Gunn Grad Leads Local Crisis Text Line Effort
Libby Craig, a Palo Alto native and Gunn High School graduate, spent four hours every Sunday night for several months this year as a volunteer crisis counselor for Crisis Text Line, a free, confidential, 24/7 support service accessible nationwide by simply texting the number 741741. Recently, she joined the nonprofit organization full time and is leading Crisis Text Line’s efforts to grow the service in the Bay Area, in part in response to the youth suicide clusters in her own hometown.
The database is searchable by type of crisis (from anxiety and school problems to sexual abuse and suicidal thoughts), time of day or day of the week, by U.S. state and more. Crisis Text Line also partners with academic researchers who look more deeply at specific datasets. A Data Ethics Committee of medical professionals, academics, a representative from the U.S. Centers for Disease Control and Prevention and others is in place to review Crisis Text Line’s data collection, storage and sharing practices.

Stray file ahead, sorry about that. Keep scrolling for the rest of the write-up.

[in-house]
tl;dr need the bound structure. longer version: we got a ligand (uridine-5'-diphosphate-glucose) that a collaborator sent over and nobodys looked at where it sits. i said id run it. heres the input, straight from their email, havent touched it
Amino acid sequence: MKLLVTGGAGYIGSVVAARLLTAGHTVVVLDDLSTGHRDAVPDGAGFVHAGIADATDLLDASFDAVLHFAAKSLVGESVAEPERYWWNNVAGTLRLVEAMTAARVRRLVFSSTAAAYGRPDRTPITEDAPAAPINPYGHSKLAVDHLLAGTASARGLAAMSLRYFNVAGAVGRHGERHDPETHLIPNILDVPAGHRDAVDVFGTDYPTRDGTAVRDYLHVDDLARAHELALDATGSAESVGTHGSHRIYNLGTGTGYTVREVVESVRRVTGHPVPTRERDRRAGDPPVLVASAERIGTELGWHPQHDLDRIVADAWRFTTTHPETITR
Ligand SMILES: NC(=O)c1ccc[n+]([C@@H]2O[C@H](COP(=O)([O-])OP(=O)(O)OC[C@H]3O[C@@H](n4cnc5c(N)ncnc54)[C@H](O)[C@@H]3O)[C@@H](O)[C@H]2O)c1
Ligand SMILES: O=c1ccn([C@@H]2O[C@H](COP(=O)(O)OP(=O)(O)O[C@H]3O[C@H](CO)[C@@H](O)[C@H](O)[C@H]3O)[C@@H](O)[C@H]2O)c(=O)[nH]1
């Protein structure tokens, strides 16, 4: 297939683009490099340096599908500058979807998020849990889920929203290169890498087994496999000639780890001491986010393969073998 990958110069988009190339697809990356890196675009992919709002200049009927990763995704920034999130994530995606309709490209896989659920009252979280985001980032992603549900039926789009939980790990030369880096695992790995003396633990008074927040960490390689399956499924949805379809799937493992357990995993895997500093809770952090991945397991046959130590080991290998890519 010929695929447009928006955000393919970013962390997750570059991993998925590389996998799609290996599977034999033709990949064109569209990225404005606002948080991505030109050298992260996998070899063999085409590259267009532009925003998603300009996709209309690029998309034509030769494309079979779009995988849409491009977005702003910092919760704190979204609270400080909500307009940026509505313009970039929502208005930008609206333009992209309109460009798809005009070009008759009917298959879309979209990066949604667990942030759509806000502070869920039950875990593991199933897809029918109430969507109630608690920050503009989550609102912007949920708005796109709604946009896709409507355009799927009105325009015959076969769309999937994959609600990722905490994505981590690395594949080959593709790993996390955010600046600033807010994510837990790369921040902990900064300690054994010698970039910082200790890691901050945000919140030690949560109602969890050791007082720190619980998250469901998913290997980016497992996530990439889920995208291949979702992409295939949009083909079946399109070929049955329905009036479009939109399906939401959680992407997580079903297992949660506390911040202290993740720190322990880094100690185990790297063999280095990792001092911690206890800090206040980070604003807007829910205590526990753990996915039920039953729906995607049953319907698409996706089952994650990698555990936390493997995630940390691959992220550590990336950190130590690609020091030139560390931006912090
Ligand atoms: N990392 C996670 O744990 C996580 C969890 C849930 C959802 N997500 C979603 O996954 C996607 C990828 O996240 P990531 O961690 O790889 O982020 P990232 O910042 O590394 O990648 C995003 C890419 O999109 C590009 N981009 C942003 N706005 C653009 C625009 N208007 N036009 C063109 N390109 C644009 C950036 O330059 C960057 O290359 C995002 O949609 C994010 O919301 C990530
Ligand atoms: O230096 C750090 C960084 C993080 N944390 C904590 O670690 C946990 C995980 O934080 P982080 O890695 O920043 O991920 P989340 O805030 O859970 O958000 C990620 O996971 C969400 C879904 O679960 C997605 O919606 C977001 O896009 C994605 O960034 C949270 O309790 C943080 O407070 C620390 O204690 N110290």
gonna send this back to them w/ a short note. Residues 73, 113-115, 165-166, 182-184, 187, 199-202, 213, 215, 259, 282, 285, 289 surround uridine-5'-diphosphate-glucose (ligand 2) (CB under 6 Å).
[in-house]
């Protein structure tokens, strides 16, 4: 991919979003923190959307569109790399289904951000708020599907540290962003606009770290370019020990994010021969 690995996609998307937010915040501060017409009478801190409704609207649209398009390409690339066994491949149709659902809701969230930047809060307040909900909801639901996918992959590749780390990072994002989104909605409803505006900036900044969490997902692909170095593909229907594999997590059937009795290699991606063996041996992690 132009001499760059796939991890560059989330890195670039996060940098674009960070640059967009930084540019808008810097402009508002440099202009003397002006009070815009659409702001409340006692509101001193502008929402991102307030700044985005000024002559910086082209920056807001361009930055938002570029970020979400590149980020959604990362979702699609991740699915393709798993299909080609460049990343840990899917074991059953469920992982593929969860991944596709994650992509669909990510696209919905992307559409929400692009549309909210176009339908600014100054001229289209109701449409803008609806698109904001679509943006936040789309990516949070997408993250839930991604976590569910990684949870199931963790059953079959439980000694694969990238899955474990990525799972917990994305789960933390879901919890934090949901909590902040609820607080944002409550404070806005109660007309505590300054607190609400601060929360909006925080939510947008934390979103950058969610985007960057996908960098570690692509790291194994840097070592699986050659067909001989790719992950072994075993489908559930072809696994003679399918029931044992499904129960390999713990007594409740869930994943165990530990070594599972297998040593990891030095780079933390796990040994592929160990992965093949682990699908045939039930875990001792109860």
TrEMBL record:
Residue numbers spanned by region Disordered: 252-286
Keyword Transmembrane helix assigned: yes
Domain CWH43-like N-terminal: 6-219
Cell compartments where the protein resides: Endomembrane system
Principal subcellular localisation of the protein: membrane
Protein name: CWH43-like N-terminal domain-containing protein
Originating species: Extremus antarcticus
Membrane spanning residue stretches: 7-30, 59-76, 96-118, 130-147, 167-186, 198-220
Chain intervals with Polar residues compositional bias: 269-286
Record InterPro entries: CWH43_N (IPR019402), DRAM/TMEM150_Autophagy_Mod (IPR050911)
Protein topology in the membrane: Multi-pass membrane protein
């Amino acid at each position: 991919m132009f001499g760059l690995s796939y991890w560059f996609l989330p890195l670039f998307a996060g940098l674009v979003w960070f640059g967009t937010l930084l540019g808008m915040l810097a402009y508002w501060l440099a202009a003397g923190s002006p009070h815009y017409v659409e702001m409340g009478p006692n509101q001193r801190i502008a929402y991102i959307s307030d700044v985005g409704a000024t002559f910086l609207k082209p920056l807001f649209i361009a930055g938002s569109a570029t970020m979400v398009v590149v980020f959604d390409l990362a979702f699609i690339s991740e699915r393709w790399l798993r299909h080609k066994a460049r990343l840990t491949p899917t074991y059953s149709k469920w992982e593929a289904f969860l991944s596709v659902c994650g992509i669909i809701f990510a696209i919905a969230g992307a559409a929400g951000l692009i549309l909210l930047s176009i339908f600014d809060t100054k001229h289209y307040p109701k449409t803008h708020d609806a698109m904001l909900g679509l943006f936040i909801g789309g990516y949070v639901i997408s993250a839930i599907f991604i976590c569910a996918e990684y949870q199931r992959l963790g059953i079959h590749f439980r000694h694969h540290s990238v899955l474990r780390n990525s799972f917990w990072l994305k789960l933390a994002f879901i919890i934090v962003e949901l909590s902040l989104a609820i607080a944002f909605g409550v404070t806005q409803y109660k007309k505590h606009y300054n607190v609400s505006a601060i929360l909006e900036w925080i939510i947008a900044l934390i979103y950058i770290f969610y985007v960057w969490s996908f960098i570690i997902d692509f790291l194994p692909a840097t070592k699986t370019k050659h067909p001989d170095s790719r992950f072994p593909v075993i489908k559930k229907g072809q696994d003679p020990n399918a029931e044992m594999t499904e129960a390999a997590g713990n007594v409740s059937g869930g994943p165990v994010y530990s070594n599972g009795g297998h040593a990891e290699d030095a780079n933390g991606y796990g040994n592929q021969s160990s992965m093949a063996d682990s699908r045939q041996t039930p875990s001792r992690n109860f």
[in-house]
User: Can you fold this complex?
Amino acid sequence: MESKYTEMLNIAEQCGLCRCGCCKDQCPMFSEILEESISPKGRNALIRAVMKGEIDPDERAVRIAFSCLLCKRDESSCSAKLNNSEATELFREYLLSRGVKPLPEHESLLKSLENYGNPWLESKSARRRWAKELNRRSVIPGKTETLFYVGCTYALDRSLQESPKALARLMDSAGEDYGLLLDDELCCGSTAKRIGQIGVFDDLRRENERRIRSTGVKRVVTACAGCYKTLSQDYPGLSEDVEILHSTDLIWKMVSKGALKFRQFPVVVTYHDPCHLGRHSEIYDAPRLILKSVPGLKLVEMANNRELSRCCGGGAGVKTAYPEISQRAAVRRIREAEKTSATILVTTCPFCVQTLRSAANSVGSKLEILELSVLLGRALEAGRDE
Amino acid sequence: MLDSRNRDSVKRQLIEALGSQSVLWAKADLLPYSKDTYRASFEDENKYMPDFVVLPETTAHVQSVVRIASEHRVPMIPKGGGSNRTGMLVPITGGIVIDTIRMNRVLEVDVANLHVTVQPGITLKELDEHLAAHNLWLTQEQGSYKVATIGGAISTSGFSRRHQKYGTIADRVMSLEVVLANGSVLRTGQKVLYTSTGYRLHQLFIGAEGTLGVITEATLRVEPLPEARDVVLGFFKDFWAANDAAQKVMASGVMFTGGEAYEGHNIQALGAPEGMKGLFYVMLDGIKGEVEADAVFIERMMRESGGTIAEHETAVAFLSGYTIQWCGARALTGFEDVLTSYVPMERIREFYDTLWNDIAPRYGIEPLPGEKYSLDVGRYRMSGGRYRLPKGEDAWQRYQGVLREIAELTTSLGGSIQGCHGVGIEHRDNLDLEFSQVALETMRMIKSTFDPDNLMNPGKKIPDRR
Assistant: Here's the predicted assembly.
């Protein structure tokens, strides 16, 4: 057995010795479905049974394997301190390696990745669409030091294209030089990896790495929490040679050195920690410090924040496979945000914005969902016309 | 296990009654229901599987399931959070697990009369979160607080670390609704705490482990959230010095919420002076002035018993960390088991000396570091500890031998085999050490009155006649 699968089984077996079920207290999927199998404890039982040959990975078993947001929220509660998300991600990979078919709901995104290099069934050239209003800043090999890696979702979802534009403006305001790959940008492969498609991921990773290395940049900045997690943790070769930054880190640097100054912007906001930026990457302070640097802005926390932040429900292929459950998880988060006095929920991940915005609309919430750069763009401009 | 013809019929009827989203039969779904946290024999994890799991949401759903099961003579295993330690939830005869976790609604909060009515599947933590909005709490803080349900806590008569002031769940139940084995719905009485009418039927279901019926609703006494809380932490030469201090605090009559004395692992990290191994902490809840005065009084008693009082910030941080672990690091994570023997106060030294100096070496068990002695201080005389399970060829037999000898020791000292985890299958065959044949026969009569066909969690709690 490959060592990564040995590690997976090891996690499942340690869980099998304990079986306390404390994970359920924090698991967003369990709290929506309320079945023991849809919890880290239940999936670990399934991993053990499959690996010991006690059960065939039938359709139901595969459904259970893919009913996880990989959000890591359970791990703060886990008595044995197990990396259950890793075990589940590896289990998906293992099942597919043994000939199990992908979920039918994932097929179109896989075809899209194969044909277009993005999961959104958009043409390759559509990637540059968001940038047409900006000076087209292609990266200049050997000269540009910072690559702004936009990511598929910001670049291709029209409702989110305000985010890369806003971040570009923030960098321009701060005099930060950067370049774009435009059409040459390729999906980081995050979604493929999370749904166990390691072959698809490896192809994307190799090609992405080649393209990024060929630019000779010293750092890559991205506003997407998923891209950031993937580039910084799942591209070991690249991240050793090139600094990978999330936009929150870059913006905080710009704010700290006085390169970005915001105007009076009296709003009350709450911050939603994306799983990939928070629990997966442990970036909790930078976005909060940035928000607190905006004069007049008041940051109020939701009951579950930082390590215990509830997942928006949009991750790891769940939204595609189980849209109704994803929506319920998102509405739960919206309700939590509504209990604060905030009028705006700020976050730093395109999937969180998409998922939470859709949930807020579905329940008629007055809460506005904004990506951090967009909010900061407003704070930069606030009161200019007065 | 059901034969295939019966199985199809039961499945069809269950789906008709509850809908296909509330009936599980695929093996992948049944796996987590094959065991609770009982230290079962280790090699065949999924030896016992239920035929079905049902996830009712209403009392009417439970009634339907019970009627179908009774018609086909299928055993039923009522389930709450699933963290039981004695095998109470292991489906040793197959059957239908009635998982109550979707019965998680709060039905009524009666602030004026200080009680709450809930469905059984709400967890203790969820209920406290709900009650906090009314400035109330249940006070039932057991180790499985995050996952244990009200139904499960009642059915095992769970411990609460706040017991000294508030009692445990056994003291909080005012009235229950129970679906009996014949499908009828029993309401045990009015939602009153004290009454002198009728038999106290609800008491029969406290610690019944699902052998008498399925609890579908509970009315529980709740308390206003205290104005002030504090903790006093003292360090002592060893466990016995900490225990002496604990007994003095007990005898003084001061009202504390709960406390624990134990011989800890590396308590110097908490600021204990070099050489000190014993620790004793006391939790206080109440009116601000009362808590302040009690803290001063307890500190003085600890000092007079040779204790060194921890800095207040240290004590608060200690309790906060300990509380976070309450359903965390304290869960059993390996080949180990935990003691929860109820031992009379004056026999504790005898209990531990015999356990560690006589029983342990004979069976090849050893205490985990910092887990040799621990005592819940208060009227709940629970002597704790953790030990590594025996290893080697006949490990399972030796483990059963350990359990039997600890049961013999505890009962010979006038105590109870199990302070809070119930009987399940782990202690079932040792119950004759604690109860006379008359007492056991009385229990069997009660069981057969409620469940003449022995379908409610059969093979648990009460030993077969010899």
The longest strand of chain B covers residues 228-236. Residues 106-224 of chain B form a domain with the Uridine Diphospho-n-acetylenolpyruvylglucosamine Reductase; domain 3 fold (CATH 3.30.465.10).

Counselers learn how to assess a texter for suicide risk by directly asking if they’re having thoughts of suicide, Craig said. If the situation rises to the level of “imminent risk” — a person has a plan, method and immediate access to means of suicide — the counselor flags the conversation and a supervisor, who has more mental-health training, can call the local authorities to send help in person. The counselor also doesn’t keep that action a secret, she said: “We will often say, ‘I’m really worried about your safety tonight, and I want to get you help.”
Craig is starting to meet with local school and community representatives in Palo Alto and elsewhere to pursue this vision. And beyond her goal of making the crisis line a ubiquitous resource locally, she hopes that Crisis Text Line’s data can help inform ongoing efforts in Palo Alto to improve mental-health support and services.
And 80 percent of Crisis Text Line texters report being under the age of 25, according to the nonprofit.